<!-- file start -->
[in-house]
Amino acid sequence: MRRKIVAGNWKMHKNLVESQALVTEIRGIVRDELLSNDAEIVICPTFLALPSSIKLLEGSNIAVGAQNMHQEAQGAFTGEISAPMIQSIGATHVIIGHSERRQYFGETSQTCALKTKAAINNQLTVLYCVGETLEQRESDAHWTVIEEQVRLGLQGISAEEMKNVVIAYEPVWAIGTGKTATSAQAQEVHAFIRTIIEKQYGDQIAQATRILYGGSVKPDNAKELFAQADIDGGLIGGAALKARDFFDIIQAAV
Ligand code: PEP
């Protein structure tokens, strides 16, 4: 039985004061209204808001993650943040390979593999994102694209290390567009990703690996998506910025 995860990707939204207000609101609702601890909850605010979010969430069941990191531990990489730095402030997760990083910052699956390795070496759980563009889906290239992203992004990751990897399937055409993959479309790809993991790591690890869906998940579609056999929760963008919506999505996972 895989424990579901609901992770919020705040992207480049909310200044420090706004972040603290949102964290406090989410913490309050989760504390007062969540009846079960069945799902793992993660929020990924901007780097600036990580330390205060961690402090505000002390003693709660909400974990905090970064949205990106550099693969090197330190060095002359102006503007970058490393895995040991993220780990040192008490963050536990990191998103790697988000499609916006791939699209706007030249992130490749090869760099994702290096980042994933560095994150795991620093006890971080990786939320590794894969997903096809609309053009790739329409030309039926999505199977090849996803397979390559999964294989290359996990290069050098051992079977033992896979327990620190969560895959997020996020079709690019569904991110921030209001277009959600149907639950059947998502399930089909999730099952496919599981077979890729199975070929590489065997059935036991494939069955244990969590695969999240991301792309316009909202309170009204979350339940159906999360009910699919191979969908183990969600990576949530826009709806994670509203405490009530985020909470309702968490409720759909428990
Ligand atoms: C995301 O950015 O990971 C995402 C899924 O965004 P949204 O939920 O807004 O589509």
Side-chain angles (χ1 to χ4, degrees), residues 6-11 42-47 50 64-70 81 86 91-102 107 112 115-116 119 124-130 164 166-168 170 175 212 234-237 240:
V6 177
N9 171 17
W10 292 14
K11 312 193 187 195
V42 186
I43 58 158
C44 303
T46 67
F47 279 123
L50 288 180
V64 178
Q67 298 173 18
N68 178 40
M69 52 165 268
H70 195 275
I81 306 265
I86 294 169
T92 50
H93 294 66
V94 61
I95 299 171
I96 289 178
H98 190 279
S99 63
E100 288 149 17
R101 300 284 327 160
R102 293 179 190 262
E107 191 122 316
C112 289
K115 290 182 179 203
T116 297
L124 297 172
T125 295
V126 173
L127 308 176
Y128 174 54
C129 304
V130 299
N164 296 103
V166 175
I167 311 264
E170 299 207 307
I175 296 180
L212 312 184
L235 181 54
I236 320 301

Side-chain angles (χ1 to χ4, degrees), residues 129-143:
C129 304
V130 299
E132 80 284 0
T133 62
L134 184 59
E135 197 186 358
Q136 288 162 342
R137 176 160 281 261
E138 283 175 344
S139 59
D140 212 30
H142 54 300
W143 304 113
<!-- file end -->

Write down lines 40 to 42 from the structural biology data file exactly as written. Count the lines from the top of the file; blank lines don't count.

V126 173
L127 308 176
Y128 174 54